Beyond the $50,000 award, the Lumina’s Social Innovation Prize for Postsecondary Learning offers a unique opportunity for visibility and networking with industry leaders at the ASU GSV Summit, a must-attend annual conference that brings together thought leaders who want to multiply the power of a great idea. Each finalist will pitch to a panel of industry experts that will include myself, Anne Dwane (GSV Ventures), Dan Osusky (B Lab), and Nasir Qadree (Village Capital). At the end of the ASU GSV session part of the prize will be awarded by the panel, the rest according to a live online crowd vote that will run during the session.  In addition, finalists will have the opportunity to plug into the many successful and long-lasting partnerships within the nonprofit and investment sectors that Lumina Foundation has built. It is Lumina’s hope that this Social Innovation Prize can be used as a potential first step in developing similar relationships with leading social ventures.


The deadline for submitting your social innovation concept is March 20th, 2016.


Please take a moment to look through the Challenge and consider if any of your ideas might be viable for submission. In addition, please pass on news of the Challenge launch to your networks. Help us find folks working hard to find solutions that align with Lumina’s goal to build an equitable, accessible, responsive and accountable higher education system.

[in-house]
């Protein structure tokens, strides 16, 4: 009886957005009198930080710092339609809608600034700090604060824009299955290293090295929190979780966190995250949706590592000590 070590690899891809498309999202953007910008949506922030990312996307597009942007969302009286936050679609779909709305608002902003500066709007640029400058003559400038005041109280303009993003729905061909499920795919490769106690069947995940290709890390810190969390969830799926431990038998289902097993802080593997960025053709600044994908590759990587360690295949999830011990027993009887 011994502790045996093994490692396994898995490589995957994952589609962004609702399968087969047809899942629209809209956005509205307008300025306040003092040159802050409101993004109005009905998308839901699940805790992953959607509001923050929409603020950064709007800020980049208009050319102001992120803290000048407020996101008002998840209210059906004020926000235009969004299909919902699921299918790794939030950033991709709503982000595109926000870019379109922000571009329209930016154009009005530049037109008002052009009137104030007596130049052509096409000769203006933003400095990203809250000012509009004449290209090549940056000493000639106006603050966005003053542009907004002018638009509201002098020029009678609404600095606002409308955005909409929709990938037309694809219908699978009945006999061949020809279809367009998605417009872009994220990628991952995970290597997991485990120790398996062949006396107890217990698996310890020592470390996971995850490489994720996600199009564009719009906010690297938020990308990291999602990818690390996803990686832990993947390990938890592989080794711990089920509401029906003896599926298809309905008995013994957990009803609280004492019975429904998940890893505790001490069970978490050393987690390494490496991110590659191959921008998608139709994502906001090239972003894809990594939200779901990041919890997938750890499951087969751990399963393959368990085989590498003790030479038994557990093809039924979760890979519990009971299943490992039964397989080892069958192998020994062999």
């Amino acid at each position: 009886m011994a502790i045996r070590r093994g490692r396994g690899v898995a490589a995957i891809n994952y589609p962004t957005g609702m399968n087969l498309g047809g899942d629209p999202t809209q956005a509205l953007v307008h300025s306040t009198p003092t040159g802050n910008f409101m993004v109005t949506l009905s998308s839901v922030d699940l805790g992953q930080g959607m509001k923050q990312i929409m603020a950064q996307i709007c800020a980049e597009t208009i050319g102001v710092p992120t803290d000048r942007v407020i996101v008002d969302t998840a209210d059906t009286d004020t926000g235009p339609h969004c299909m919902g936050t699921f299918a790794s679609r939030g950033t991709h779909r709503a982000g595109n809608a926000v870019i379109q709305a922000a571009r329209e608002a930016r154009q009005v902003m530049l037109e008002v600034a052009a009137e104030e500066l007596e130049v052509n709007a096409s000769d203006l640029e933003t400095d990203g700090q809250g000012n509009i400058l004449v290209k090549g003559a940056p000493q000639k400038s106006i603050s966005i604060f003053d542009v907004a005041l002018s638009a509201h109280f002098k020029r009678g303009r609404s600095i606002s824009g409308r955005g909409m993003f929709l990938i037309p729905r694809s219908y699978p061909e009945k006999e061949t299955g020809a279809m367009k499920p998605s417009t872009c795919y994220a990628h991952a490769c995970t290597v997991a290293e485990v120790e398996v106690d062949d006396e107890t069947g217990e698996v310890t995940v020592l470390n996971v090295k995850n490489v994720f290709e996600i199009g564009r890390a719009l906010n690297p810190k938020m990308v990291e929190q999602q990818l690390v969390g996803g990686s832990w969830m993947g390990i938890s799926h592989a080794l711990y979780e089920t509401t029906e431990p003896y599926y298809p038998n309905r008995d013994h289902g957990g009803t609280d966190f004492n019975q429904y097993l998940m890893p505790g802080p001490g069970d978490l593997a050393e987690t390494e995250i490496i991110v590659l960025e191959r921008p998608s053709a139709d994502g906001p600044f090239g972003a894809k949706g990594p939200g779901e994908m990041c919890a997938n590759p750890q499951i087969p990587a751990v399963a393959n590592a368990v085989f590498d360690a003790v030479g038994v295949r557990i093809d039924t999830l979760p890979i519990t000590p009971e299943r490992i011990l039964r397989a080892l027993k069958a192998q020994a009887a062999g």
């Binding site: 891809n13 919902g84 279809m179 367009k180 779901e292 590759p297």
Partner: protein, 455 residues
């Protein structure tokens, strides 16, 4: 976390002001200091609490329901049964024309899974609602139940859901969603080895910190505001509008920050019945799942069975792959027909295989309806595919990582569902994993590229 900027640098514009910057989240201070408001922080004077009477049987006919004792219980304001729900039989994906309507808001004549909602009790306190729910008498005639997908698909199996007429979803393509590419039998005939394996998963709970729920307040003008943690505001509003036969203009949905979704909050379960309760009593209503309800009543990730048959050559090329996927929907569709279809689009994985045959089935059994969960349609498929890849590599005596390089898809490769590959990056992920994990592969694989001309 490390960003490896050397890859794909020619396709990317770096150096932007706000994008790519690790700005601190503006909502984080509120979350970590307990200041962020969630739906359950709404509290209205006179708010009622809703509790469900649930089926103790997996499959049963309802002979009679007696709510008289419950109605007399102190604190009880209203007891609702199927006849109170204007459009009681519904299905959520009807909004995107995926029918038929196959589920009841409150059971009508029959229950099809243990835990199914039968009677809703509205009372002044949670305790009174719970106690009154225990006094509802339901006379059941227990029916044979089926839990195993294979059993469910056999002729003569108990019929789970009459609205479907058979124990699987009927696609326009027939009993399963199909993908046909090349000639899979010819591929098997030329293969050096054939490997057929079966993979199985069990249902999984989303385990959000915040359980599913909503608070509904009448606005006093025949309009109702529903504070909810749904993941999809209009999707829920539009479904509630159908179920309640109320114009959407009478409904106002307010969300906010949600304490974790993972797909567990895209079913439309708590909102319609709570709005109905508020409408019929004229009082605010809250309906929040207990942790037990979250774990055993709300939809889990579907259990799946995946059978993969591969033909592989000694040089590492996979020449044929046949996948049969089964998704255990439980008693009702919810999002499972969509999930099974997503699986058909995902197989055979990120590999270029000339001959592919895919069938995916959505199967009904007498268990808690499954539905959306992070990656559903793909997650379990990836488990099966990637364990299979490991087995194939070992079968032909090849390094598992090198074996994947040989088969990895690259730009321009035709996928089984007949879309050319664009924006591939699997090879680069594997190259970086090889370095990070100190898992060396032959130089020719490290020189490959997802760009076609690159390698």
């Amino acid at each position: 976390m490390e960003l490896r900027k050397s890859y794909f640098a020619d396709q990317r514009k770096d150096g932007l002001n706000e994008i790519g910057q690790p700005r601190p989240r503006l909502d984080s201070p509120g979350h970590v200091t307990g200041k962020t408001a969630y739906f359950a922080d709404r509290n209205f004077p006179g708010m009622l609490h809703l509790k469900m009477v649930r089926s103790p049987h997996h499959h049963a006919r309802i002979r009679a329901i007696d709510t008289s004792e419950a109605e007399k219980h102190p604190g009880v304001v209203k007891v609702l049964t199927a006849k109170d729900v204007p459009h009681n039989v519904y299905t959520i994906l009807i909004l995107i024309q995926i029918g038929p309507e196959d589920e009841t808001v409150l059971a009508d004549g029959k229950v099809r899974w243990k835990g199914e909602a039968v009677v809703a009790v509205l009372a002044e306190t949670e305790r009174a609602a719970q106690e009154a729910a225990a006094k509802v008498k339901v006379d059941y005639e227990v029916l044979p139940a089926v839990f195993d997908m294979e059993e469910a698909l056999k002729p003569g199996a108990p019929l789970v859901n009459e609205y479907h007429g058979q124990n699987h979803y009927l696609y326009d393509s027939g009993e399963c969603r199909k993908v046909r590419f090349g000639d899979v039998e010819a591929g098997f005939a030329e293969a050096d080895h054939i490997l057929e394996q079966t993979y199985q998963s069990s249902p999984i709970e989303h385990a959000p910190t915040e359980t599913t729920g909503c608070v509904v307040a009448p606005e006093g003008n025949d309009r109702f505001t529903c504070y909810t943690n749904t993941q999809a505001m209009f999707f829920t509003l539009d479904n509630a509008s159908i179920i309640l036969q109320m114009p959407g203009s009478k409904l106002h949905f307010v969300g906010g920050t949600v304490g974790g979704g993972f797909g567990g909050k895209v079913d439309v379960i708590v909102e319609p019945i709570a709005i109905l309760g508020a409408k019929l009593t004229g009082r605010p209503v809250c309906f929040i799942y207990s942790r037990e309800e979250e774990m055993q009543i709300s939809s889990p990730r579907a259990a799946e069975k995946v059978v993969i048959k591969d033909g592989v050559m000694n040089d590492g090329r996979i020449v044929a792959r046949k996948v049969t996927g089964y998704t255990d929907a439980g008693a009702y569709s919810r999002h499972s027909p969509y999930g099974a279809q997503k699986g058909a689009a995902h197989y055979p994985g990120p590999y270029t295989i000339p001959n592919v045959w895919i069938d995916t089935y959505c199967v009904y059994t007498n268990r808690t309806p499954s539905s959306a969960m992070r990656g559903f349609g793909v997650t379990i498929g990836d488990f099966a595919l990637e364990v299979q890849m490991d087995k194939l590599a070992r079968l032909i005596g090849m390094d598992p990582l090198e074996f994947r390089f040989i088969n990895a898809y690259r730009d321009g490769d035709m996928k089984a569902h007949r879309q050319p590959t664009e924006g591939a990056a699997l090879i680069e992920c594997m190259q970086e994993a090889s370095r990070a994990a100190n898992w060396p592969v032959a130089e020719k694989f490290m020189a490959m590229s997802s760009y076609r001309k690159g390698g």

Thanks and see you in San Diego!

Kiko Suarez

Vice President of Communications & Innovation

Lumina Foundation

Innovations of Note: Looking Toward 2016 With Promise

With CES 2016 now over, imaginative innovators are looking to new technology and ideas for others to incorporate in their innovation platform. The world population continues to get increasingly tech savvy. This is a dream for innovators, but it can also lead to conundrums. How are the people of today supposed to stay connected without feeling burdened? That seems to be the biggest question opening the door to the greatest current advances.

Smart, Yet Simple

From single-port television connections to jewelry and earbud replacements that remove the need for a smartphone to be tethered to a person at all times, a large portion of the innovations showcased at CES seem to be geared toward connectivity on the wearer’s terms. These innovations allow users to pare down their need for cables and accessories and enter into the future with the ability to communicate at all times without having to stare at a screen.

Airborne Tech

Drones also have an increasing pull on both the common and advanced markets. Longer Wi-Fi range and fixed-wing capabilities are the way innovators are designing these devices for easier everyday use with better control for any innovation platform.

Medical Advancements

In 2015, innovators tackled the medical field with ideas that are changing the way patients receive and use medical information. Remote monitoring for everything from sleep habits to heart rhythm allows doctors to see more detailed trends in patients.

Additionally, prosthetic naturalness has been and continues to be an area of development ripe for innovation. Prosthetic design has seen an increase in mimicry and functionality, and both patients and doctors are growing excited about the changes.

What problem solvers and advancements will be looked back on at the end of 2016 as major breakthroughs in today’s world and become standard in innovation platform practices? InnoCentive is ready to meet this new year with novel ideas!